Why I Still Don’t Like Geothermal in Irosin

Anti-geothermal protest action in Sorsogon. PHOTO BY BicolToday.com
PHOTO BY BicolToday.com

By Dr. Eddie Dorotan

About two decades ago, in the early 90’s, Irosin was awakened by the cutting of trees in the slopes of Mount Bulusan. A farmer complained about a road opening for an undisclosed project in Barangay Bagsangan. Nobody knew why trees have to be cut down and why clearings have to be done. SAFSCO (Saint Anne’s Family Service Cooperative), a farmers’ group organized by the Holy Spirit Sisters in Irosin was the first to know that the ongoing stealthy activities was already part of the geothermal exploration by the PNOC (Philippine National Oil Company).

I was a resident physician then of the Irosin District Hospital involved with community-based health programs with the Holy Spirit Sisters and the Diocese of Sorsogon. I was alarmed with the arrogance of the PNOC personnel proceeding with projects without consulting the community. It also made me curious why the government, both at the local and national levels, allowed the PNOC to proceed with the exploration without even informing the people of Irosin. And I found out that I was not the only one who is really apprehensive about the project. There were more – farmers, teachers, the religious, the professionals, students, and the youth. So we banded together and formed SAGIP, the Sectors Against Geothermal in Irosin Project. We demanded an immediate stop to the project and pushed for a dialogue with the proponents.

In a dialogue with the PNOC, we were regaled with the supposed advantages of the geothermal project – employment, economic development, and energy generation purported to have less adverse effects. The PNOC then claimed that their new technology could actually enable them to re-inject waste materials back to the bowels of the earth. On the other hand, SAGIP countered that the PNOC-claimed benefits are far less compared with the enormous cost of deforestations and land clearings that can actually cause erosions induced by typhoons and earthquakes that we have aplenty of. Moreover, the proposed exploration sites were in the vicinity, and even possibly, within the protected area of the Mount Bulusan Natural Park. There are also exploration and eventual extraction sites that are proximate as well as within the populated areas of Irosin, Juban and Bulusan.

The Tiwi geothermal experience in Albay does not show us a good picture. We actually observed the disappearance of their hot springs and waterfalls, the rise in their atmospheric temperatures, and the increases in respiratory illnesses in their locality. The Tongonan geothermal project in Leyte did not give us something to be desired for either. Their rice production decreased by 50% because of their boron contaminated rice fields courtesy of geothermal effluents.

In the end, the majority of the community said no. And we were glad PNOC did not insist to proceed with the project.

Fast forward to February 2010, the outgoing Secretary Angelo Reyes of the DOE (Department of Energy) signed a midnight agreement with SKI (Summa Kummaga Industries) for the geothermal exploration in the slopes of Mount Bulusan. Like a well-kept military secret, nobody except them knows about this very public project that is being started. I was told that after the May elections of 2010, the local officials of the Second District of Sorsogon were approached by the agents of SKI regarding the project. I was also informed that “some consultations” were made in Bulusan, Juban, Irosin and Casiguran. To date, I know that the people of Bulusan and Irosin with local government officials are against the project. The high local officials of Juban though consented saying that it is still exploratory anyway.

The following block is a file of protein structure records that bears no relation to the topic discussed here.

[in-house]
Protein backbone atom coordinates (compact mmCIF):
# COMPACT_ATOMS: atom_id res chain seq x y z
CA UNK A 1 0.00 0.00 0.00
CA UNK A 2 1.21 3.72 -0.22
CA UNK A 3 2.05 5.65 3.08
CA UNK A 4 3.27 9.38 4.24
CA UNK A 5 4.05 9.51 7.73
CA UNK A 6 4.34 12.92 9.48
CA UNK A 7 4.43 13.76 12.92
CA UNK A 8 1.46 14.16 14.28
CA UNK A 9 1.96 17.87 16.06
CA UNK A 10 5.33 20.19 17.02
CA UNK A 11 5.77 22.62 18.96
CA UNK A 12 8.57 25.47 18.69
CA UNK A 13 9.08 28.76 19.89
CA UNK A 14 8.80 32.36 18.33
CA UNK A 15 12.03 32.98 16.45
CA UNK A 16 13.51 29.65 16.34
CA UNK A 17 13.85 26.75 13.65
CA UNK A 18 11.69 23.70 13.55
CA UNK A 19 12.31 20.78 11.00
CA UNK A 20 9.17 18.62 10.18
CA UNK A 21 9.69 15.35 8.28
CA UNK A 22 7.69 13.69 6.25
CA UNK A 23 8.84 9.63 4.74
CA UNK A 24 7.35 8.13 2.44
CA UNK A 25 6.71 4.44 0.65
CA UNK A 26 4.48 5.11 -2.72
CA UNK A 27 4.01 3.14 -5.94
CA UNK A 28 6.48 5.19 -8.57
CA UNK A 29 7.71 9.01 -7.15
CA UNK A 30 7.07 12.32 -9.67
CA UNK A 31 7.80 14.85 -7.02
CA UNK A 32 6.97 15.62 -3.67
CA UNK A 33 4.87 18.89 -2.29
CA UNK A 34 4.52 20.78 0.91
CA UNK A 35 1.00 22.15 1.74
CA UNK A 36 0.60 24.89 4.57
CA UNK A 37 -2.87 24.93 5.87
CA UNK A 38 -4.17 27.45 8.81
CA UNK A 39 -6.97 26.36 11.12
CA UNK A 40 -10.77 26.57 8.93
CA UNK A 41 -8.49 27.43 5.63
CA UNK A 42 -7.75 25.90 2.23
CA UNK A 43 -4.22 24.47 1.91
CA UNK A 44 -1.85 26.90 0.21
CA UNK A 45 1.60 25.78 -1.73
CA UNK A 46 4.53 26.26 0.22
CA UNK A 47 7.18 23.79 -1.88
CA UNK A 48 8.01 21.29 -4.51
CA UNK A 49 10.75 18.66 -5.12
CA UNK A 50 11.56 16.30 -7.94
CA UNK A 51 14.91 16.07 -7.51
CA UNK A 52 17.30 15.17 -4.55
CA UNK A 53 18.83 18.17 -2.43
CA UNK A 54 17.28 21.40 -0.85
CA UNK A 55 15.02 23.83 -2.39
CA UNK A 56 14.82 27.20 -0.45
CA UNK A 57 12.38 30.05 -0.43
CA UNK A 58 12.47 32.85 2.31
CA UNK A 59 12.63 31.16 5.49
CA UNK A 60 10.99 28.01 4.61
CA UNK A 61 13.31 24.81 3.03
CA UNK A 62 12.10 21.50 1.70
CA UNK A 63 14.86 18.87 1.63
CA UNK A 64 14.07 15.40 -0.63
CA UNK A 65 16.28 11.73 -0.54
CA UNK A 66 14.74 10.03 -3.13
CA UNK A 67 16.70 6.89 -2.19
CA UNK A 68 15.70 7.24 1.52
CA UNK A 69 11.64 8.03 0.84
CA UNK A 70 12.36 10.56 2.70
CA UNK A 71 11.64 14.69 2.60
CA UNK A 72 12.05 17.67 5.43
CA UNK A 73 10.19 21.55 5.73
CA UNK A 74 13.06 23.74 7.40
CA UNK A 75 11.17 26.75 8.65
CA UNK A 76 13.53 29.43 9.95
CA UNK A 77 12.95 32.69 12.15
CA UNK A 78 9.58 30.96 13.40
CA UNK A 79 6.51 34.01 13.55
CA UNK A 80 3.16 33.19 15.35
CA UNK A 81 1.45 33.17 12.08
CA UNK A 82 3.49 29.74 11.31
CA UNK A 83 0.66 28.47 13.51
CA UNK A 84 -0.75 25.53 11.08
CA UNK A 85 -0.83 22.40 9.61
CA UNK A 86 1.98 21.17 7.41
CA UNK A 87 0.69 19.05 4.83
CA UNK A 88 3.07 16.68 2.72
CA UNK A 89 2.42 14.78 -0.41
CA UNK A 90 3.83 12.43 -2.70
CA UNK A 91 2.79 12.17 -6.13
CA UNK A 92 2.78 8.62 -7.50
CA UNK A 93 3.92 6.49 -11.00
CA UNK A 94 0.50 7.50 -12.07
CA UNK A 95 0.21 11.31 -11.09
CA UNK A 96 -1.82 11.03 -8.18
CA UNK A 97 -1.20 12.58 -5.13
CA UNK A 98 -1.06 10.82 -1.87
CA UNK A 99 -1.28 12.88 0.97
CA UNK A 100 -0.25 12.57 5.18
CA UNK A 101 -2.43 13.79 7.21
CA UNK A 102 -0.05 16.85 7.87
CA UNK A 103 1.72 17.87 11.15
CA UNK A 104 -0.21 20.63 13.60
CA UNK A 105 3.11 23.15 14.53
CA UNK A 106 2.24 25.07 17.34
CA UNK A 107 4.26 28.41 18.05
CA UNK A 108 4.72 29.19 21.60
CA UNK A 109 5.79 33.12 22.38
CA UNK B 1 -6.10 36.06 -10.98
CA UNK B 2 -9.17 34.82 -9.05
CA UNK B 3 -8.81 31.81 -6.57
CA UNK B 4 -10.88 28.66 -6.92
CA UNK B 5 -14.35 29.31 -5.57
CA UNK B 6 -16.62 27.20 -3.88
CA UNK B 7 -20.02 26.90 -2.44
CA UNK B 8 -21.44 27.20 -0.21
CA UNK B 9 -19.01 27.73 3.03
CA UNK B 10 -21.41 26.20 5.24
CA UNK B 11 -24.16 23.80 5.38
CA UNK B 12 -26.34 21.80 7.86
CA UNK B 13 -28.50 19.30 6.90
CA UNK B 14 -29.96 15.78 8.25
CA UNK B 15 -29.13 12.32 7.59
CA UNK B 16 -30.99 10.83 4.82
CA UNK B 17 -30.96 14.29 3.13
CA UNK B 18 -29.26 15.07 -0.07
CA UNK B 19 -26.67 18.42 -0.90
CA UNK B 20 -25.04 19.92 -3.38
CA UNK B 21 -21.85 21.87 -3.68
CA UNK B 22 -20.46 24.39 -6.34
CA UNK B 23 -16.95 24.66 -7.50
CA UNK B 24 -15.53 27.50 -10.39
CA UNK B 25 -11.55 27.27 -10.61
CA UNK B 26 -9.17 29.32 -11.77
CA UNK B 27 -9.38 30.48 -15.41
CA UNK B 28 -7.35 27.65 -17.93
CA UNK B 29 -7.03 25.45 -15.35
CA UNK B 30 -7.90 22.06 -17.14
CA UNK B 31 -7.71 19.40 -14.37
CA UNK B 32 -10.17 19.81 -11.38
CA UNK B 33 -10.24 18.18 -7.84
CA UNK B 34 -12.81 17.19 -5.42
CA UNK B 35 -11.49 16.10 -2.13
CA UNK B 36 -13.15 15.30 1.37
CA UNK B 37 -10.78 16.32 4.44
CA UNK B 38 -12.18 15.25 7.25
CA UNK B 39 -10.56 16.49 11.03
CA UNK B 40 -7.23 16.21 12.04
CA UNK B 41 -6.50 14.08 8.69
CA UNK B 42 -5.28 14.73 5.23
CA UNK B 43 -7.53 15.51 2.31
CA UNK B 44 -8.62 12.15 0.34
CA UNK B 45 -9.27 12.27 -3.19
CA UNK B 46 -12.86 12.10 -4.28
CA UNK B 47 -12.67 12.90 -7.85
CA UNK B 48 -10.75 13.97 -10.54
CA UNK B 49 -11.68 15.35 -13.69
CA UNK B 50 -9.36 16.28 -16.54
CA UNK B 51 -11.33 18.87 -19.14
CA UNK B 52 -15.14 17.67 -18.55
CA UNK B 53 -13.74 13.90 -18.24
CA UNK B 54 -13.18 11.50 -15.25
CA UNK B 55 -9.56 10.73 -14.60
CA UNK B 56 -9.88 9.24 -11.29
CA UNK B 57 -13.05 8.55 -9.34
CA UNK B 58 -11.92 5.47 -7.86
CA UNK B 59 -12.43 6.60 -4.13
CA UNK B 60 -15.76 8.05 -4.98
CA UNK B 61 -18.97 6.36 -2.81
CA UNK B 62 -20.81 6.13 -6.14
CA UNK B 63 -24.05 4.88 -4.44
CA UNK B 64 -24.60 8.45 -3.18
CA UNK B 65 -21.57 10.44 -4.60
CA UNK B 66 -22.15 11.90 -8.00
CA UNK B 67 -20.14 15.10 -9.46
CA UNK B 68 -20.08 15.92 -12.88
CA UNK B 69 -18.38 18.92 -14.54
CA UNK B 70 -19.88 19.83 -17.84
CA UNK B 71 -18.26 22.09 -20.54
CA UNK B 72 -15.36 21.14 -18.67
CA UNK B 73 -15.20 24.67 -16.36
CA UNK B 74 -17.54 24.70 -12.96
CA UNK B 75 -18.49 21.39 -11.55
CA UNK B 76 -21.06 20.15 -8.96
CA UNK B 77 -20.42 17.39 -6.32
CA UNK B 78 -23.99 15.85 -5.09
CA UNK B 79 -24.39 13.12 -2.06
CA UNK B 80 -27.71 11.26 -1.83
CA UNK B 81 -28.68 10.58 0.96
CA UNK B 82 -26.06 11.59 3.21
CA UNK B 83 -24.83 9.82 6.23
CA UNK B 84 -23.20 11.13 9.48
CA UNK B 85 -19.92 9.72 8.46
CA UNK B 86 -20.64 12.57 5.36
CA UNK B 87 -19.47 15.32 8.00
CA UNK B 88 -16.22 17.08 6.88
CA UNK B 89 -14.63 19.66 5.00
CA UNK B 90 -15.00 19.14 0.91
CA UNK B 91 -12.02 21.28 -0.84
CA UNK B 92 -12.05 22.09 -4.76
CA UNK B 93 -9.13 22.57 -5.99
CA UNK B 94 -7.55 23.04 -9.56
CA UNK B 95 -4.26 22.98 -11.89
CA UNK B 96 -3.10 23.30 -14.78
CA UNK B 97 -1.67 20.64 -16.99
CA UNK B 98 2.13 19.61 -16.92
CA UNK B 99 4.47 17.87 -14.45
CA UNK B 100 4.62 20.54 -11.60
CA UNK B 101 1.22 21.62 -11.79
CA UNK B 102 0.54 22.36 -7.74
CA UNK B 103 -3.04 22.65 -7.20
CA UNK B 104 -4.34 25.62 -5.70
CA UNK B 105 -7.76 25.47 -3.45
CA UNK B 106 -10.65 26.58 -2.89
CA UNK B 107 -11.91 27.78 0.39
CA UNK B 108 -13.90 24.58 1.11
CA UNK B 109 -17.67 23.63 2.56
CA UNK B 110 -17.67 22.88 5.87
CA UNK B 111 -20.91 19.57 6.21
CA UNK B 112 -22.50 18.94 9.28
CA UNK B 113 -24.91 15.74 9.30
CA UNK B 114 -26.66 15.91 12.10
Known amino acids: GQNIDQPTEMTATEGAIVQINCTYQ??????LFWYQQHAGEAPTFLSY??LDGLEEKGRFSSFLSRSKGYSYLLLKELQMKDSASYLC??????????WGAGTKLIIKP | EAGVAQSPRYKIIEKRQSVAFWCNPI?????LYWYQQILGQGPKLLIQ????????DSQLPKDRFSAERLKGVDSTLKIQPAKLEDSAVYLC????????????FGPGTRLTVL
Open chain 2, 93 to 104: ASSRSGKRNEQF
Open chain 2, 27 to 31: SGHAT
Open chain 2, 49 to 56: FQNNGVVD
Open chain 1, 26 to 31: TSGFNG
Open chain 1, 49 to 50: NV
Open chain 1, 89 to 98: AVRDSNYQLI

I was informed that on the 6th of December 2011, SKI will present its project to Governor Raul Lee and the Sangguniang Panlalawigan of Sorsogon in the hope that it will get support and approval from the provincial leaders.

After two decades, I still don’t like a geothermal project in Irosin. And I still have a number of questions:

Do we know who SKI is? Who are the people behind it? What is its track record in geothermal projects?

Is the technology of geothermal explorationn and development today different two decades ago? If so, what are the differences?

What are its benefits to the local communities? Who will benefit most from this project? Why are electric costs higher in the geothermal areas of Bicol than the rest of Luzon?

Was a thorough environmental impact assessment done already? What are the negative impacts of the project and how does the proponent intend to mitigate them? Will the communities be safe not only in the short term but also in the long term?

Mount Bulusan is an active volcano. The slopes in Barangay Cogon, Bagsangan, Mapaso and Monbon in Irosin are eroding. We have more rains than before. Climate change is happening. Unpredictable weather disturbances cause so much danger from our already fragile ecosystems and so much vulnerability in the surrounding communities.

Are we guaranteed that nothing adverse will happen to our environment and to us people living near or within geothermal fields once we disembowel the earth below us for geothermal resource? Are we and the next generations to come better off with an extractive industry like the geothermal project? Or are we better off without the geothermal project even as we help conserve and help our mother nature heal? Are we better off by protecting Mount Bulusan Natural Park and our surrounding ecosystems instead?

I am still not convinced that geothermal project is better for us.

I still don’t like geothermal exploration and eventual extraction for our people and our community.

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